Jump to content


Register a free account to unlock additional features at BleepingComputer.com
Welcome to BleepingComputer, a free community where people like yourself come together to discuss and learn how to use their computers. Using the site is easy and fun. As a guest, you can browse and view the various discussions in the forums, but can not create a new topic or reply to an existing one unless you are logged in. Other benefits of registering an account are subscribing to topics and forums, creating a blog, and having no ads shown anywhere on the site.

Click here to Register a free account now! or read our Welcome Guide to learn how to use this site.


Champion Of Cyberspace Faces Its Biggest Case Yet

  • Please log in to reply
2 replies to this topic

#1 Scarlett


    Bleeping Diva

  • Members
  • 7,479 posts
  • Gender:Female
  • Location:As always I'm beside myself ;)
  • Local time:04:14 PM

Posted 24 May 2006 - 04:05 PM

Listening in? Electronic Frontier Foundation accuses AT&T of violating users' digital privacySixteen years ago, a cattle rancher and Grateful Dead lyricist named John Perry Barlow surveyed the landscape of electronic communications and had visions of the Wild West. Thus was conceived the Electronic Frontier Foundation. We were in the lawlessness phase, and the sheriff was coming to town,'' said Shari Steele, executive director of the San Francisco-based organization that Barlow and two colleagues founded. Only rather than siding with latter-day sheriffs seeking to ride herd on the fledgling Internet, Steele said, "we were trying to keep the freewheeling, Wild West feeling going and protect people's rights.''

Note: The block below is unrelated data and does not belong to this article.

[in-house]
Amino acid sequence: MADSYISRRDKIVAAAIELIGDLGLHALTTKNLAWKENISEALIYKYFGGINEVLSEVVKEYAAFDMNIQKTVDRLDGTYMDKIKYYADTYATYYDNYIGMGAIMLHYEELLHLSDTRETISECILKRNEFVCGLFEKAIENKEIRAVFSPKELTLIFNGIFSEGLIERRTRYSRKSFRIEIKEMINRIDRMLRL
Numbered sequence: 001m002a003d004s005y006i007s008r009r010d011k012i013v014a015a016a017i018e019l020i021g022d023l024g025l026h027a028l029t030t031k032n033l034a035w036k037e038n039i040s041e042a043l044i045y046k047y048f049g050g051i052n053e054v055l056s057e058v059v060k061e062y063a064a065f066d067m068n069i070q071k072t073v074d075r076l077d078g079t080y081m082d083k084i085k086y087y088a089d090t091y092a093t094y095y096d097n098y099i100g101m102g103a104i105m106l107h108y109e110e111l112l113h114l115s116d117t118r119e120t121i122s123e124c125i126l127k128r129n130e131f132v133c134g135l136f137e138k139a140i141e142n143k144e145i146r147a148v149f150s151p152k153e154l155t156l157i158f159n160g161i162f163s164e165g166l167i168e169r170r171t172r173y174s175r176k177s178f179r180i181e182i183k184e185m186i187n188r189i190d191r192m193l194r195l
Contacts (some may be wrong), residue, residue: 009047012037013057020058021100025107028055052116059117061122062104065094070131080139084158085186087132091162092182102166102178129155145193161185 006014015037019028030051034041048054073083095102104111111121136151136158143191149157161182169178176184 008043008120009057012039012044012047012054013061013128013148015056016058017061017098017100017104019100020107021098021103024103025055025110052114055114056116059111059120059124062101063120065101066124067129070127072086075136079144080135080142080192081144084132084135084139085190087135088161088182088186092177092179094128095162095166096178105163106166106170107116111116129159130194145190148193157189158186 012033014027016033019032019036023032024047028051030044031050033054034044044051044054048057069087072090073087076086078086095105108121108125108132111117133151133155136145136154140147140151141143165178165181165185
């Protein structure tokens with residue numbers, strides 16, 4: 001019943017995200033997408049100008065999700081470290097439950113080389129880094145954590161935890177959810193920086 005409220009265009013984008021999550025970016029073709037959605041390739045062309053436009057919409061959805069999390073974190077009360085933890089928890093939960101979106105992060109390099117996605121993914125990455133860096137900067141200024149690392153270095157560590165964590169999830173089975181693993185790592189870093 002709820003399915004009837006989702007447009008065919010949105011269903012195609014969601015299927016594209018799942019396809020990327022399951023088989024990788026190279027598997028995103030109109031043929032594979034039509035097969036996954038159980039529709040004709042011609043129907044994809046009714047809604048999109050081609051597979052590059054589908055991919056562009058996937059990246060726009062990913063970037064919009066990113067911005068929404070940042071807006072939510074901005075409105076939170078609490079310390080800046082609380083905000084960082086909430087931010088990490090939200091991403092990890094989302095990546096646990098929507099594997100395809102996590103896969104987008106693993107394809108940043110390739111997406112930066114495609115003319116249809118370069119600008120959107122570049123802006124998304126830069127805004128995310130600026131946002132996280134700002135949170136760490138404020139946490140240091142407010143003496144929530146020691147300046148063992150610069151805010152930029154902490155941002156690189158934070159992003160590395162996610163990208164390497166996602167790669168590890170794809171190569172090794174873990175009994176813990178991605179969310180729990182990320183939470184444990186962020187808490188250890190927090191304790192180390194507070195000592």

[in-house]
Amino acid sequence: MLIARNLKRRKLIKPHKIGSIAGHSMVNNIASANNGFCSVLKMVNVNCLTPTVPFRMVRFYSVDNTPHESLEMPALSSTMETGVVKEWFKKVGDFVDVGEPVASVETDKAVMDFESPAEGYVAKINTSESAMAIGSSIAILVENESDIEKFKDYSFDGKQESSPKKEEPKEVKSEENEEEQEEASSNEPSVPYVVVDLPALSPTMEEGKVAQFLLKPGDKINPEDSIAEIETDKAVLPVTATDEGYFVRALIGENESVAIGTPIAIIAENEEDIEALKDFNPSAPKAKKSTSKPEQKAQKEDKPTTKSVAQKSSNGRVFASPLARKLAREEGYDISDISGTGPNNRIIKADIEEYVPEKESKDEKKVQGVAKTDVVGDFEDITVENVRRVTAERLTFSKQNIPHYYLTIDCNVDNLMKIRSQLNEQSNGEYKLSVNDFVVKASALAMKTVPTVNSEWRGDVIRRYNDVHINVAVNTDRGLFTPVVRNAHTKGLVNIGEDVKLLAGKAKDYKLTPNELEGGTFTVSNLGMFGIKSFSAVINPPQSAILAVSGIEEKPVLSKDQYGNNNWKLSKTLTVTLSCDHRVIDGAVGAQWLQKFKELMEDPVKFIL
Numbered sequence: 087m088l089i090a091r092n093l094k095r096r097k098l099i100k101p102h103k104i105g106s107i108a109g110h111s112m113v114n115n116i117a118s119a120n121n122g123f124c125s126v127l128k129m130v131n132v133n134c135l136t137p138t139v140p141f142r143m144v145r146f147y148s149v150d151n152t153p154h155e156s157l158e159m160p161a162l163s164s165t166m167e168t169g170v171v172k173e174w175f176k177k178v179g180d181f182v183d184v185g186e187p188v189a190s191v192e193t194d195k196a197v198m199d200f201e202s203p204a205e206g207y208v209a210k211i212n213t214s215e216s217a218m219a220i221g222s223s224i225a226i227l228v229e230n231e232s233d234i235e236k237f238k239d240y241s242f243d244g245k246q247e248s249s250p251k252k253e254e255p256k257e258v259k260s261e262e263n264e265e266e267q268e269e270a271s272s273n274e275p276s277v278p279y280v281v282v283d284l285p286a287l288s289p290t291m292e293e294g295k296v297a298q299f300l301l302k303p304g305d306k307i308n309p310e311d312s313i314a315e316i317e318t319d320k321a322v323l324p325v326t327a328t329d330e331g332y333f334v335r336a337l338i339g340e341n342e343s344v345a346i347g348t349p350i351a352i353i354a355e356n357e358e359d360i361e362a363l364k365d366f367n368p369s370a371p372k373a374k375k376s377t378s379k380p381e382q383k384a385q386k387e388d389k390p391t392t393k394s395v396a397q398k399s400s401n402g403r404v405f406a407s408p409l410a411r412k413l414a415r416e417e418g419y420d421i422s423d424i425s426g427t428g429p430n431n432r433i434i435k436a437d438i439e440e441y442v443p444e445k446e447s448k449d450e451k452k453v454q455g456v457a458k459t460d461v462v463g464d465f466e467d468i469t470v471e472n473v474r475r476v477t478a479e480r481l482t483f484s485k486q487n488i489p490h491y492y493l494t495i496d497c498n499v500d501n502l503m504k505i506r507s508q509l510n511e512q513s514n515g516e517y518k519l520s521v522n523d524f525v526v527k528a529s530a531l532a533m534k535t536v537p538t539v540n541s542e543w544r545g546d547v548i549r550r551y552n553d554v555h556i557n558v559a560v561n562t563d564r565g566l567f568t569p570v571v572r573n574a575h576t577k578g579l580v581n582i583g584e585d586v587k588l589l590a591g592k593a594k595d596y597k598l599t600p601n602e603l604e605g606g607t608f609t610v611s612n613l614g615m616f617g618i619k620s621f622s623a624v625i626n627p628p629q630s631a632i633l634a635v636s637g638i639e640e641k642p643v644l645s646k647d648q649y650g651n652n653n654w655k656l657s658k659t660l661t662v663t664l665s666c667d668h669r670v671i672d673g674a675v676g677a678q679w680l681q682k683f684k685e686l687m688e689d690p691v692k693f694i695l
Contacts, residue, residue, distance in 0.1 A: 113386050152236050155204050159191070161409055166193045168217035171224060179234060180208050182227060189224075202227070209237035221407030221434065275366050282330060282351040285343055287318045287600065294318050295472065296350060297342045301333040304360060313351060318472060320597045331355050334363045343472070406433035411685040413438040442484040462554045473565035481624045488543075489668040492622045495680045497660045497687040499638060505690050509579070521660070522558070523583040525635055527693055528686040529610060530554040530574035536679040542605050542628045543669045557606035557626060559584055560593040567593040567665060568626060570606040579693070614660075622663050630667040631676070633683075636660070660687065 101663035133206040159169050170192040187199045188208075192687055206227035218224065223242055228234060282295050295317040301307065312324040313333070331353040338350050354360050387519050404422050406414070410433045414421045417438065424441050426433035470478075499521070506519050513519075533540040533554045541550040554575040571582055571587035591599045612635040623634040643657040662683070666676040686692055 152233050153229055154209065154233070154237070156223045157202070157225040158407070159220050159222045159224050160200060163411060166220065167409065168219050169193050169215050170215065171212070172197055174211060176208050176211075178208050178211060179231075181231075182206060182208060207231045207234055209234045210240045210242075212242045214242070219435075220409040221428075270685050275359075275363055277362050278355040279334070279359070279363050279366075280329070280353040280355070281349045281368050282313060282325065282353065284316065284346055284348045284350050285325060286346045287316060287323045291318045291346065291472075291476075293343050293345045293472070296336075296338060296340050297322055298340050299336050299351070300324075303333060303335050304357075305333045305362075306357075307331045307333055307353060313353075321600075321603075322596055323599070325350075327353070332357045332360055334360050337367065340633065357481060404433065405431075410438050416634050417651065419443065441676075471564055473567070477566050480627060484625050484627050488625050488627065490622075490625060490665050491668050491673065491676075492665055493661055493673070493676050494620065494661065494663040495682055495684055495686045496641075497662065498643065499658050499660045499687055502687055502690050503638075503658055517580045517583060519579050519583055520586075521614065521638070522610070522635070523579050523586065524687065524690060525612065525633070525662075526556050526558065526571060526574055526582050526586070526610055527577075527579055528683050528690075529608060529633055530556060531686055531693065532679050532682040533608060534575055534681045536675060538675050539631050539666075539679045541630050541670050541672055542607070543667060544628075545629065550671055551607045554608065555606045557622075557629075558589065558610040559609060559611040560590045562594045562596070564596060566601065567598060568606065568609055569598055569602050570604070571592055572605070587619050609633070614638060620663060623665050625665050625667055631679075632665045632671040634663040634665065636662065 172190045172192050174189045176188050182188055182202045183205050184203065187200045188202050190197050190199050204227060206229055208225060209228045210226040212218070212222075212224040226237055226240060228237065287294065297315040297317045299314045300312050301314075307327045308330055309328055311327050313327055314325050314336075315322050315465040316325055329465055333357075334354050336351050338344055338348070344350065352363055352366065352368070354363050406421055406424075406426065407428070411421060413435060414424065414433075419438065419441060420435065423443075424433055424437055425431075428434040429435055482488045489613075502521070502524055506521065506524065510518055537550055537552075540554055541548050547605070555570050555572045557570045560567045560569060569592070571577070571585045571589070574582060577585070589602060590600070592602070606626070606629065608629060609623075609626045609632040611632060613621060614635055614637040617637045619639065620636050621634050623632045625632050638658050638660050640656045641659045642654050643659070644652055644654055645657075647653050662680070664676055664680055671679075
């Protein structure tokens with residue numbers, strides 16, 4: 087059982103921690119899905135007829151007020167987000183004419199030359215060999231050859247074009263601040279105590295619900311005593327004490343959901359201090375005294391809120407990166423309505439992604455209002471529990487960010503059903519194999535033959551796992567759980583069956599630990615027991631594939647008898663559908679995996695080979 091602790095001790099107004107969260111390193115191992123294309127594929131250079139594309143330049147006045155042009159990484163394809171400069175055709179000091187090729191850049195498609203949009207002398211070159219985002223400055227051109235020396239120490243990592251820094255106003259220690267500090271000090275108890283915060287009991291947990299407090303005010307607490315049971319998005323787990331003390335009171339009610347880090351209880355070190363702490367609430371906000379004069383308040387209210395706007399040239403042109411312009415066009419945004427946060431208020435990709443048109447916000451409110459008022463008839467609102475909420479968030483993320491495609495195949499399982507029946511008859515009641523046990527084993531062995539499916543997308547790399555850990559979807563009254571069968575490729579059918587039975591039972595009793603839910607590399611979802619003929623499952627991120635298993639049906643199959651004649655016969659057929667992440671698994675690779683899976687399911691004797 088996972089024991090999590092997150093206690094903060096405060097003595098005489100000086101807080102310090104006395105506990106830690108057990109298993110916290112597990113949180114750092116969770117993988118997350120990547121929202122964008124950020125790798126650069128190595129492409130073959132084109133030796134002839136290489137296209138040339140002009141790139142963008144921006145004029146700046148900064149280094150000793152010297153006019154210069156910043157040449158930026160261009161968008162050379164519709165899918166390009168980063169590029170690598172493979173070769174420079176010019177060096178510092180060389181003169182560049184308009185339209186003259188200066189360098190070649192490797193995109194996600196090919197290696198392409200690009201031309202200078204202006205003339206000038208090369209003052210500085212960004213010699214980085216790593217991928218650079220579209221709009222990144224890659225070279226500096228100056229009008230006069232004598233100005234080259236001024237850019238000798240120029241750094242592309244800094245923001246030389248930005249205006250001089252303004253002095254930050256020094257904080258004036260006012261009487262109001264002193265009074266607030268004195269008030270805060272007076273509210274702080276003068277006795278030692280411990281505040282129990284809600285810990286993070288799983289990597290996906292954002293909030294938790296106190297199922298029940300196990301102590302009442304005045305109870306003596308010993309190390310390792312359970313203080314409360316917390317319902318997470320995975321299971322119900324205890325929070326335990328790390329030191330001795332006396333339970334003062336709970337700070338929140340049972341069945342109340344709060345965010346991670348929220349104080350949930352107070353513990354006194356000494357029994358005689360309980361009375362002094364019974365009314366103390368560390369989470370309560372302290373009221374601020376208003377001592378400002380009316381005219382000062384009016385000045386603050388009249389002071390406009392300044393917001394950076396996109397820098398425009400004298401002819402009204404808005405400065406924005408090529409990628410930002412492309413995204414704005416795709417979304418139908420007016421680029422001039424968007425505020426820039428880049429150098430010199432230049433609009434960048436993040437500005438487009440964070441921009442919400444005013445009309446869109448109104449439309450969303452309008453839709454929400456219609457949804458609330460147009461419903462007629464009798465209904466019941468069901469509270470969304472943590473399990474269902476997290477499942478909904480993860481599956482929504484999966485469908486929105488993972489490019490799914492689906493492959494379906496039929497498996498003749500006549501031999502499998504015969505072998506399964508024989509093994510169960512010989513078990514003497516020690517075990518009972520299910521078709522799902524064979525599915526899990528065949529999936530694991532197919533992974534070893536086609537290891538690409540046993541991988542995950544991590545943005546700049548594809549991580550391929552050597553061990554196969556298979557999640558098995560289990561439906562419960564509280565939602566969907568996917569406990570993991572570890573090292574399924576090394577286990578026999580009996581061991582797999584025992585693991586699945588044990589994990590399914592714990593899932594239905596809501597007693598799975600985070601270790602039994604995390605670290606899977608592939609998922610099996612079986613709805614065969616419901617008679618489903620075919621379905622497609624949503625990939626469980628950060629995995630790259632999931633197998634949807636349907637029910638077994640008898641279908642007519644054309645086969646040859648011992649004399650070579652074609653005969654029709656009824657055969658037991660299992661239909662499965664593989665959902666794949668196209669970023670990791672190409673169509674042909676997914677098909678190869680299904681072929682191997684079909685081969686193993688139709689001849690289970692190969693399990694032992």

BC AdBot (Login to Remove)


#2 tg1911


    Lord Spam Magnet

  • Members
  • 19,274 posts
  • Gender:Male
  • Location:SW Louisiana
  • Local time:03:14 PM

Posted 25 May 2006 - 02:09 AM

And the government's view on the subject:

SAN FRANCISCO (Reuters) - The United States government, not any court, is the best judge of whether to keep programs such as its controversial effort to eavesdrop on citizens a secret, an assistant attorney general said on Wednesday.

The full story:
US says gov't, not court, should judge spy secrets
MOBO: GIGABYTE GA-MA790X-UD4P, CPU: Phenom II X4 955 Deneb BE, HS/F: CoolerMaster V8, RAM: 2 x 1G Kingston HyperX DDR2 800, VGA: ECS GeForce Black GTX 560, PSU: Antec TruePower Modular 750W, Soundcard: Asus Xonar D1, Case: CoolerMaster COSMOS 1000, Storage: Internal - 2 x Seagate 250GB SATA, 2 x WD 1TB SATA; External - Seagate 500GB USB, WD 640GB eSATA, 3 x WD 1TB eSATA

Become a BleepingComputer fan: Facebook

#3 jgweed


  • Members
  • 28,473 posts
  • Gender:Male
  • Location:Chicago, Il.
  • Local time:04:14 PM

Posted 25 May 2006 - 07:46 AM

At one time, the US Attorney General, and the Department of Justice, spent their time defending the liberties and rights of the citizens, and held the rule of law to be the cornerstone of US life.
How far have we travelled.
Whereof one cannot speak, thereof one should be silent.

0 user(s) are reading this topic

0 members, 0 guests, 0 anonymous users